When Google unveiled the prototype for a self-driving car last year, the science-fiction-like vehicle was received with mixed reviews with both sides weighing in on how this technology could affect our daily lives in the future.
Although many people have hailed it as the answer to reducing the number of car accidents nationwide, many critics aren't so sure, pointing out that these new cars could present more problems than answers.
All of rules and laws about driving-from who pays for a speeding ticket to who is held liable in the event of an accident-rely solely on whether there is a human being behind the wheel. But if self-driving cars become the wave of the future, many people bring up the all important question: who's held responsible if no one's driving the car?
States like California and Nevada have already seen heavy lobbying and campaign contributions which have helped pushed laws through the state legislature like a breeze. California has already enacted laws that legalize self-driving cars with a 37-0 senate vote in favor. But with technology speeding ahead of us, many legal experts point out that laws right now are not equipped for the legal ramifications of self-driving cars.
A Stanford Law School report asks, how involved will the occupant of a vehicle have to be while the car is in motion? Will they have to remain vigilant with their hands on the wheel at all times? Will they be allowed to move freely around the vehicle? Questions such as this will likely lead into other more serious concerns about texting and the consumption of alcohol behind the wheel; if a person isn't operating the vehicle, are obviously negligent behaviors that can cause serious car accidents still considered illegal?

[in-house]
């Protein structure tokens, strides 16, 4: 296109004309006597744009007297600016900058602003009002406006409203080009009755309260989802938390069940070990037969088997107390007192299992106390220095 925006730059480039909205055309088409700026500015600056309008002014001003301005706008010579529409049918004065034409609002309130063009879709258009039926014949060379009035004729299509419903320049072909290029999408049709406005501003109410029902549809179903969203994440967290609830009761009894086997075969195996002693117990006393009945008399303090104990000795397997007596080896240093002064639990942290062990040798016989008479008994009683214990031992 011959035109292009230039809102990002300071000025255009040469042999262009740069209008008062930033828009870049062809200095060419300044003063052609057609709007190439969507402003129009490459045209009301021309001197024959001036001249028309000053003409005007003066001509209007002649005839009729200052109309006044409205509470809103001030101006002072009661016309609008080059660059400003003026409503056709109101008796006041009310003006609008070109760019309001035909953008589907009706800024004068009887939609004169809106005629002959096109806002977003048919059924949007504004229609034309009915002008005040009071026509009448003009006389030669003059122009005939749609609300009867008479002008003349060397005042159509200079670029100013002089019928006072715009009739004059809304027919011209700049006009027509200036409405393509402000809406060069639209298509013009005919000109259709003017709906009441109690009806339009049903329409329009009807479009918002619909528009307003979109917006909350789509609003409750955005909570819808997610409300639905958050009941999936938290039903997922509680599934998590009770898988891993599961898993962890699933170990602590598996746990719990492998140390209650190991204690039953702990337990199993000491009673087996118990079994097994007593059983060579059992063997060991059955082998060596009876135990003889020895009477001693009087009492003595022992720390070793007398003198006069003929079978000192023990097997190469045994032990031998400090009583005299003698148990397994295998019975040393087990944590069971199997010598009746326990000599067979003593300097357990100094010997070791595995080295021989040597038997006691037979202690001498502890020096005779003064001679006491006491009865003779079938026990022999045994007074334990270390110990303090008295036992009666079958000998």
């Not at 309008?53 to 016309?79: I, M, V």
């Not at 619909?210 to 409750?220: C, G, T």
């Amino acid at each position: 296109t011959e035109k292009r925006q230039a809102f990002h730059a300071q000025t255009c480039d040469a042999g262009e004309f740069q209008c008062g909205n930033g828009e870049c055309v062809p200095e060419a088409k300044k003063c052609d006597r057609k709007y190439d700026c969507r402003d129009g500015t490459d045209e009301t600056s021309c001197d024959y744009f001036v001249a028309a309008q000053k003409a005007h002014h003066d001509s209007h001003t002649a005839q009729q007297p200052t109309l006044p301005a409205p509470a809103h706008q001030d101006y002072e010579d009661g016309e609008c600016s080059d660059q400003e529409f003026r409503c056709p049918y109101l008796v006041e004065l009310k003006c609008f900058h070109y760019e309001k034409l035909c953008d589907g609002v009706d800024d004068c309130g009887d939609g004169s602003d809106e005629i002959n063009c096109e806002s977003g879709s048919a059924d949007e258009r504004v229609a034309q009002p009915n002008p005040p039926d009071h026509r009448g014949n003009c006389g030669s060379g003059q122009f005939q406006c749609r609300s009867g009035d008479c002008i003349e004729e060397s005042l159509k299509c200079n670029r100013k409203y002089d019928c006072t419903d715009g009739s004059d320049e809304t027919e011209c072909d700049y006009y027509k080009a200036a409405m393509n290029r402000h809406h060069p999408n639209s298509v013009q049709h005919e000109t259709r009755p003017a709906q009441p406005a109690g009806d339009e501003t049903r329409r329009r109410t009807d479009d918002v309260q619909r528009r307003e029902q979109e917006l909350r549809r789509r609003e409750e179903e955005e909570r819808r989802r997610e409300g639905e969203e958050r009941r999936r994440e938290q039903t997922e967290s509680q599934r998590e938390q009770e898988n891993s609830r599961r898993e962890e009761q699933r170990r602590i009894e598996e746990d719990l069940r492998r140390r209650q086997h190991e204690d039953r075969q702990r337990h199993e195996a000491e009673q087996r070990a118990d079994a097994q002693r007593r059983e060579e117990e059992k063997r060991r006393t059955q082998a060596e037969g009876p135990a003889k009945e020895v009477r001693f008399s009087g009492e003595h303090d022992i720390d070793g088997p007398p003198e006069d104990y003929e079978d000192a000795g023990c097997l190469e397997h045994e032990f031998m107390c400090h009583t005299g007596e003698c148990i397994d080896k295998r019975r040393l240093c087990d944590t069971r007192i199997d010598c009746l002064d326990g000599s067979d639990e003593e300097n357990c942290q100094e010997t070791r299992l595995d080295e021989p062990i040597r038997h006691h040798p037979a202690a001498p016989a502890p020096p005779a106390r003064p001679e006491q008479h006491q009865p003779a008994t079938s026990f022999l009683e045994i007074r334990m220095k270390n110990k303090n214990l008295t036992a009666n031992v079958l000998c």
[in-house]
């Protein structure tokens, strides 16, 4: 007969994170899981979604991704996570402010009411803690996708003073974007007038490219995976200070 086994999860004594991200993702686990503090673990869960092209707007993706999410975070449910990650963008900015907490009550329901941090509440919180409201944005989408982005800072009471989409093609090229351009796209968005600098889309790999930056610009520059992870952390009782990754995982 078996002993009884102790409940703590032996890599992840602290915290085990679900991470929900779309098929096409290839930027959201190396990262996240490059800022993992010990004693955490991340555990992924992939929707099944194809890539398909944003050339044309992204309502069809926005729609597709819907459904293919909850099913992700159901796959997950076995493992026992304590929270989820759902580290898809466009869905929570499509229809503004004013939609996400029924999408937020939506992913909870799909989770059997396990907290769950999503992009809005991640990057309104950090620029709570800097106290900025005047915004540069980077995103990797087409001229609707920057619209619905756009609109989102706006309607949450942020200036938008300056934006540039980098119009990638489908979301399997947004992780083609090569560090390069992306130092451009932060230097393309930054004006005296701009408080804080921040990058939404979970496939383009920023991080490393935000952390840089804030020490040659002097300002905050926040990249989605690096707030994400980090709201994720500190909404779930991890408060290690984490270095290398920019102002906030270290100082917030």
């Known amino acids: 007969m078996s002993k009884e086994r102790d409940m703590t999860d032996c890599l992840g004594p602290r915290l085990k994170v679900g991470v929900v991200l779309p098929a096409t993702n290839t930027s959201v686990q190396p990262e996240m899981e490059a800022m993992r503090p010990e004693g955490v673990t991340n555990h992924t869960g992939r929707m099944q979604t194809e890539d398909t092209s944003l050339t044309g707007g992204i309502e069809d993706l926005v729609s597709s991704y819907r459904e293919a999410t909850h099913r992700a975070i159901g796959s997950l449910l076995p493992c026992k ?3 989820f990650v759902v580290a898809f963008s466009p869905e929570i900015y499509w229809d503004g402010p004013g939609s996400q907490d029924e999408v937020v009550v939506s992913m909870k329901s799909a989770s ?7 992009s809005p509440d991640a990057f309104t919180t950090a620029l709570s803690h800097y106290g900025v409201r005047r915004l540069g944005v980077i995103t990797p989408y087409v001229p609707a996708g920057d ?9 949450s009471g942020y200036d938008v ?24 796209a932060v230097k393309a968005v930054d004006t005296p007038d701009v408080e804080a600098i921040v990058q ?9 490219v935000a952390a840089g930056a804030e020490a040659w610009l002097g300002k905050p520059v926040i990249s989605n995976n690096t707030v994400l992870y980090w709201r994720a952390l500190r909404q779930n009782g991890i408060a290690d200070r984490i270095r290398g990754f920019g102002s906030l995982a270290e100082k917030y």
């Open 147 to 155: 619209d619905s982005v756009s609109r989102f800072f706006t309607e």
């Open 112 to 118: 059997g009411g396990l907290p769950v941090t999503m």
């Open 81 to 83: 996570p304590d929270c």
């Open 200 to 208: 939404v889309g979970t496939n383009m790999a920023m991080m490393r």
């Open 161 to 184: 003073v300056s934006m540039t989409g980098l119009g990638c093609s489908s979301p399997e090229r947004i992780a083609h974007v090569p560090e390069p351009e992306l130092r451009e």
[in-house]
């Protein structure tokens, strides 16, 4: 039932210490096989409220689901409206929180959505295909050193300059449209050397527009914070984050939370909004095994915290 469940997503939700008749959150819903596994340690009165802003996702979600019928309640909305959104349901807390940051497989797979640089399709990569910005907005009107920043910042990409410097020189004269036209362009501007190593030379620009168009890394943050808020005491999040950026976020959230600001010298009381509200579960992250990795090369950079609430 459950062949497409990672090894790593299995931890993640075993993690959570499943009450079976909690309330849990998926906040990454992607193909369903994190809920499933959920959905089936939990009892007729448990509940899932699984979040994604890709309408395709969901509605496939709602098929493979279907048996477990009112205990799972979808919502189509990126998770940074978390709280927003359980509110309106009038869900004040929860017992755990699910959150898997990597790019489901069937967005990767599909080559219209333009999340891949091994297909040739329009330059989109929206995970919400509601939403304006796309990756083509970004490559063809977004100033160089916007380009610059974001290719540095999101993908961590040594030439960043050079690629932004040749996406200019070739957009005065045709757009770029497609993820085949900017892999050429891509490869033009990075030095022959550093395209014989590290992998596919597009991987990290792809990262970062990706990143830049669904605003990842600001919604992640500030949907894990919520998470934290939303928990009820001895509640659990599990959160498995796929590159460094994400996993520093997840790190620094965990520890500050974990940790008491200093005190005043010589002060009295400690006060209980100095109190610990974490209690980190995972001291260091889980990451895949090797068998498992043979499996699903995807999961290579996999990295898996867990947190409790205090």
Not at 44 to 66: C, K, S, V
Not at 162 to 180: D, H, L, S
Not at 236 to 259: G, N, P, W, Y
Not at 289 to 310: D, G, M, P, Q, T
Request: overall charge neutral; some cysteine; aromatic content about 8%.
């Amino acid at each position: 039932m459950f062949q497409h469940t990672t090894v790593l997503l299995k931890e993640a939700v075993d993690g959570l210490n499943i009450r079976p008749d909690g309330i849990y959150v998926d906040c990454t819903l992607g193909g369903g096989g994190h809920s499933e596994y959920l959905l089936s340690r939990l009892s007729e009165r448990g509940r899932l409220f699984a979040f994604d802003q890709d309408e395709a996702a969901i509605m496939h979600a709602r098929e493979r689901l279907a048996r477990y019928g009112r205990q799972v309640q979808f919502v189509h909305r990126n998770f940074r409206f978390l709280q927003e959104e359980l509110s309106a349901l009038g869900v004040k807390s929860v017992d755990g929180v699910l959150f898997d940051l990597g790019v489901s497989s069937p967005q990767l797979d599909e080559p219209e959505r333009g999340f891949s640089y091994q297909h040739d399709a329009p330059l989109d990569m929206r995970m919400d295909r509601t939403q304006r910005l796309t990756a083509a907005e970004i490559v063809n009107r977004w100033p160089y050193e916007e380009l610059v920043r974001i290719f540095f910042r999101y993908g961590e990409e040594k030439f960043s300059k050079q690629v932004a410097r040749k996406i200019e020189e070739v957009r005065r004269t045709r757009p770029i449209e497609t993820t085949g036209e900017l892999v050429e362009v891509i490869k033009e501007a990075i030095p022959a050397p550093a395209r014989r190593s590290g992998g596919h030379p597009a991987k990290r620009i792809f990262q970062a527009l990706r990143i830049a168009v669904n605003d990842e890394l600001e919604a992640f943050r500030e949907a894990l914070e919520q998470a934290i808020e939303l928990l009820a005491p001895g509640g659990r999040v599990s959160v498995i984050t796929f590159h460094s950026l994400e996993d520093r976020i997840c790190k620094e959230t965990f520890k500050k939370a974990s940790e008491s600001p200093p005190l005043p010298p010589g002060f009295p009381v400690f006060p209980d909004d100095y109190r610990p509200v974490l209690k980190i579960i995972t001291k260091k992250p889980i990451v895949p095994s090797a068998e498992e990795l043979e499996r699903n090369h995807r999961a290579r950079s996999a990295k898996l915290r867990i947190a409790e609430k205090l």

All of these questions and more will need to be taken into consideration before car makers push forward with this new technology. More importantly though, auto makers will need to make sure that they work closely with lawmakers to make sure that drivers are held responsible for not only their actions, but the actions of their cars as well.
Source: Time Magazine, "Will Self-Driving Cars Changes the Rules of the Road?" Adam Cohen, Jan. 14, 2013